As previously mentioned, general anaesthetics are not without an element of risk. But where a general anaesthetic is necessary, we can minimise the risk to your pet by careful examination beforehand, together with a knowledge of any existing conditions they may have and the results of any pre-anaesthetic blood testing. These allow us to tailor an anaesthetic regime that is most suitable for your pet.
Where abnormalities are known to exist, it is possible to give supportive therapy for the duration of the anaesthetic - for example, intravenous fluids for older pets or pets with known kidney insufficiency - and/or change the anaesthetics used to minimise stress on the abnormal organs. In the event that severe abnormalities are detected prior to the planned administration of an anaesthetic, the risk to the patient versus the benefit of the procedure must be weighed up. In this circumstance, no further action would be taken without lengthy consultation with the pet's owner.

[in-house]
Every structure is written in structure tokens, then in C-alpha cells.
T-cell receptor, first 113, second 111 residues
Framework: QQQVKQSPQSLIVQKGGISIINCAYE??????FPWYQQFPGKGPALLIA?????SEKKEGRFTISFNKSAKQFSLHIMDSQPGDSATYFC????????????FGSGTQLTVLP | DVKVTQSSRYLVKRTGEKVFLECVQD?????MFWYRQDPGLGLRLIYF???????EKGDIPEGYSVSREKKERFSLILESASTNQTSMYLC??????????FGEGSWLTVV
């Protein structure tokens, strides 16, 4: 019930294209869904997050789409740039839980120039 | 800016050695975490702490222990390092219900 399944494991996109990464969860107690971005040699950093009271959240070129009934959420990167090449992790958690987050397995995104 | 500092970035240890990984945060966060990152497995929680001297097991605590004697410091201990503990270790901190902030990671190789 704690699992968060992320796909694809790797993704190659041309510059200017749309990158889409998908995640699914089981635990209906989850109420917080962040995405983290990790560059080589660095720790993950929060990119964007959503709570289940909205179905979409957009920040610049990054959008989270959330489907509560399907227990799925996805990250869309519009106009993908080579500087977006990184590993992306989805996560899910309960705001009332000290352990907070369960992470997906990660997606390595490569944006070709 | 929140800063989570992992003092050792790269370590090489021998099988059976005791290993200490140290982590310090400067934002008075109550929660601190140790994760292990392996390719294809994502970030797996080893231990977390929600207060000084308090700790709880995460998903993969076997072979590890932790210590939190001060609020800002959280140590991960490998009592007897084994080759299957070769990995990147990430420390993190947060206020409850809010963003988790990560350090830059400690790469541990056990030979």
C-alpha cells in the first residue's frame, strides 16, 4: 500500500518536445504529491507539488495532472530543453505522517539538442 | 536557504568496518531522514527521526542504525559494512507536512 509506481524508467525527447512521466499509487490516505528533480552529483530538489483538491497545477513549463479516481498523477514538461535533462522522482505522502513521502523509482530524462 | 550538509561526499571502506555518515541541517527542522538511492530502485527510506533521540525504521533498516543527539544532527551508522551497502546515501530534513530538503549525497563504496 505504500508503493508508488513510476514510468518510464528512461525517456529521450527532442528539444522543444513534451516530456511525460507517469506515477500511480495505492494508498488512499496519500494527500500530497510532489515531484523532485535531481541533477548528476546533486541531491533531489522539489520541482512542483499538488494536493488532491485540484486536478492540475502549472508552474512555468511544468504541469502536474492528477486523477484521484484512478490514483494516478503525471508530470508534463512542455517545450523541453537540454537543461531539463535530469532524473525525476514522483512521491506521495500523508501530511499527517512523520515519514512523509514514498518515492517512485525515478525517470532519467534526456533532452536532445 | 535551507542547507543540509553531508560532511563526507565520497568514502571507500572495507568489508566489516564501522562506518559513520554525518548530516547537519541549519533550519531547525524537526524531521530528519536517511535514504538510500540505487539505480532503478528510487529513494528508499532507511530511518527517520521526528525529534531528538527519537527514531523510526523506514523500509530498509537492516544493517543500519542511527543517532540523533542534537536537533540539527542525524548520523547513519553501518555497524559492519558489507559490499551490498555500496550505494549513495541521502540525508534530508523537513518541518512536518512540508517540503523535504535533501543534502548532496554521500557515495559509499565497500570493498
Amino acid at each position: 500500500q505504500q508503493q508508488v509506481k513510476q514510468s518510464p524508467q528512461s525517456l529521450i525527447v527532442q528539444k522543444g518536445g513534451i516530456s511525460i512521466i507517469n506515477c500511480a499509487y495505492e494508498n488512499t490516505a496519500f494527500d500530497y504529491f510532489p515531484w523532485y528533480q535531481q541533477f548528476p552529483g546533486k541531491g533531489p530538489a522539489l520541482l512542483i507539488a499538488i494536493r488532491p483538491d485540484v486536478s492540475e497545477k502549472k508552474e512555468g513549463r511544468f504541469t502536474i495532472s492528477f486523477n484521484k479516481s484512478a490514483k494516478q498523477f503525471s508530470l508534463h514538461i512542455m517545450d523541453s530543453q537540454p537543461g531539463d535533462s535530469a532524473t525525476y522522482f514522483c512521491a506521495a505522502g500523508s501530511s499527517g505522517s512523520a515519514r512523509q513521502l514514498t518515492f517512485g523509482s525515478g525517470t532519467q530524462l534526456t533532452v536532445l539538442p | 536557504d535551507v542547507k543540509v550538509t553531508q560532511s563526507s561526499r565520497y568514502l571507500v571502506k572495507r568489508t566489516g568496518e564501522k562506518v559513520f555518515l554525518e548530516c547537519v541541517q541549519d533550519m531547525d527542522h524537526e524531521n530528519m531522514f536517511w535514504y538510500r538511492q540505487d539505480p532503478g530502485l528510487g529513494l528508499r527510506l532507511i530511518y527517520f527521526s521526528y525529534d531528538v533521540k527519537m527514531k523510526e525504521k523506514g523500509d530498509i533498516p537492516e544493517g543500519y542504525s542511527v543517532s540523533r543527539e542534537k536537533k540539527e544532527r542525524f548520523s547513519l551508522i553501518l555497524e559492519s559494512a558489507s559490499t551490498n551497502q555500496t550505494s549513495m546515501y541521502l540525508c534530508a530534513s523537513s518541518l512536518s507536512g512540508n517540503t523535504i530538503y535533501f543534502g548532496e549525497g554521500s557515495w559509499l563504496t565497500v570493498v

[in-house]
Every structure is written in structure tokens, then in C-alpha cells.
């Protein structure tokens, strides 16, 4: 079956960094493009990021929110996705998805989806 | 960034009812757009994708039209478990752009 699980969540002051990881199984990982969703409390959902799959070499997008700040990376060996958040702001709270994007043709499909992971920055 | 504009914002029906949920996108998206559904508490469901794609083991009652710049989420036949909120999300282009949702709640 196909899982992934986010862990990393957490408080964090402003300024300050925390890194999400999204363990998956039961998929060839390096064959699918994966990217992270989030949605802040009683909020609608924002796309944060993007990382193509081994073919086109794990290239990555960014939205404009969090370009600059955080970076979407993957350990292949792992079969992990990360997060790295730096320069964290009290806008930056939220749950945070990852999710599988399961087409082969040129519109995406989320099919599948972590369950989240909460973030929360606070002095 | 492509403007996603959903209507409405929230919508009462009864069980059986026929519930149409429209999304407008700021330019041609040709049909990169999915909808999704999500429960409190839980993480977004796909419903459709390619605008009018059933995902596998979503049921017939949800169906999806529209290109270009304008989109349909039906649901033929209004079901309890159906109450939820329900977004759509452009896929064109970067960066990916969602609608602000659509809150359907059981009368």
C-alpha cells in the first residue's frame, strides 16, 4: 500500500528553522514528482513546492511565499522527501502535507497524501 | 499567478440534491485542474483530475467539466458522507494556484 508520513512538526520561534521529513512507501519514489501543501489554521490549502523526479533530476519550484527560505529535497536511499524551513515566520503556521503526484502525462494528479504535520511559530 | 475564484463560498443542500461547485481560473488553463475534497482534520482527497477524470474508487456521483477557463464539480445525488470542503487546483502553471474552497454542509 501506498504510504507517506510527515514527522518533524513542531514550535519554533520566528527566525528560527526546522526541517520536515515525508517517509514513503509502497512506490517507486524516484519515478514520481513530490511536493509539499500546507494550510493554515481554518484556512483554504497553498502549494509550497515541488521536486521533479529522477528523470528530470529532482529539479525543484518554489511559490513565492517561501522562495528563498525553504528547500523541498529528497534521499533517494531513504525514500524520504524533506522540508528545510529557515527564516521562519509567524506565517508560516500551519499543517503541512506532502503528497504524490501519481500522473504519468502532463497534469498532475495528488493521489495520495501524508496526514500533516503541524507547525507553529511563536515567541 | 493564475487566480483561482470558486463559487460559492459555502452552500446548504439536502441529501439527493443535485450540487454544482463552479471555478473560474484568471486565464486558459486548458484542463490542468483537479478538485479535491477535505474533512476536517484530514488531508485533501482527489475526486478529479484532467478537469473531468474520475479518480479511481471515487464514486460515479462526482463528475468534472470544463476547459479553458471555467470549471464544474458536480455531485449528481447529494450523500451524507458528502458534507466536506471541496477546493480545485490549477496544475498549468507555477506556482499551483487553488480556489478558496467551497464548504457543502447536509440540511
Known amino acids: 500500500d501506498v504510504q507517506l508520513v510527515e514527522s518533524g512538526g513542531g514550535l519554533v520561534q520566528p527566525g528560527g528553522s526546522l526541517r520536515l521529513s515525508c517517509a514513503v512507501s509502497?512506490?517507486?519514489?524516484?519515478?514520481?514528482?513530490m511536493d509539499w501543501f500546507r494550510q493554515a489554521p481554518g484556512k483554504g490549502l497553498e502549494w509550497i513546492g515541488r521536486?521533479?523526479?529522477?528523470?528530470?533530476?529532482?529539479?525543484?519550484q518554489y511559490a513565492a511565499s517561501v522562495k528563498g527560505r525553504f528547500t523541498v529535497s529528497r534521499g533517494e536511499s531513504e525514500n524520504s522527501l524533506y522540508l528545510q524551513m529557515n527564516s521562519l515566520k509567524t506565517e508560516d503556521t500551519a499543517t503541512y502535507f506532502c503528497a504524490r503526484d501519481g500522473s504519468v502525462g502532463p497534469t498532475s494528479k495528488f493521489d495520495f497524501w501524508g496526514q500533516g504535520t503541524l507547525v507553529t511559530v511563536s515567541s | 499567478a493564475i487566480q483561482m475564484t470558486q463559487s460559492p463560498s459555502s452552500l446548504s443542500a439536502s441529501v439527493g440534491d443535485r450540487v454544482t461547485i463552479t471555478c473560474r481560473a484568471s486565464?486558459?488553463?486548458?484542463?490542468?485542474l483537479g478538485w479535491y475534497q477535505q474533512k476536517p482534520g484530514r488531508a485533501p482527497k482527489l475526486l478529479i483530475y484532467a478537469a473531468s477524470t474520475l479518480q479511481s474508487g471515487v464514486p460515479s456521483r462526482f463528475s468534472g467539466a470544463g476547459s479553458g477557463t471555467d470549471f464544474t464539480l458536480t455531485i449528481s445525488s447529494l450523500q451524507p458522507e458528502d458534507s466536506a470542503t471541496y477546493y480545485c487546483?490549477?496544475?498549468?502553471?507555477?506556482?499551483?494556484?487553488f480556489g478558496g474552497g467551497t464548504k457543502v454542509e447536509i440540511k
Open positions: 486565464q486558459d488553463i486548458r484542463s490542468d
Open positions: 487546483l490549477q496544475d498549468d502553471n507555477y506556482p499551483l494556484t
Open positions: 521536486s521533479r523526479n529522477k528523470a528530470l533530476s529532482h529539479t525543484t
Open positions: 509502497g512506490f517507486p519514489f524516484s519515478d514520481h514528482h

During a general anaesthetic, each animal is carefully monitored and a detailed record is kept of administered anaesthetics and the patient's vital signs. We monitor breathing rate, heart rate and concentration of oxygen in the blood via special monitors.
The information from these monitors allows us to determine the patient's level of anaesthesia, and make appropriate adjustments to the drugs being given where necessary.
If you have any further queries regarding any of the information we have presented here, or you are concerned about your pet having an anaesthetic, please contact the clinic and we can discuss any of these matters with you further.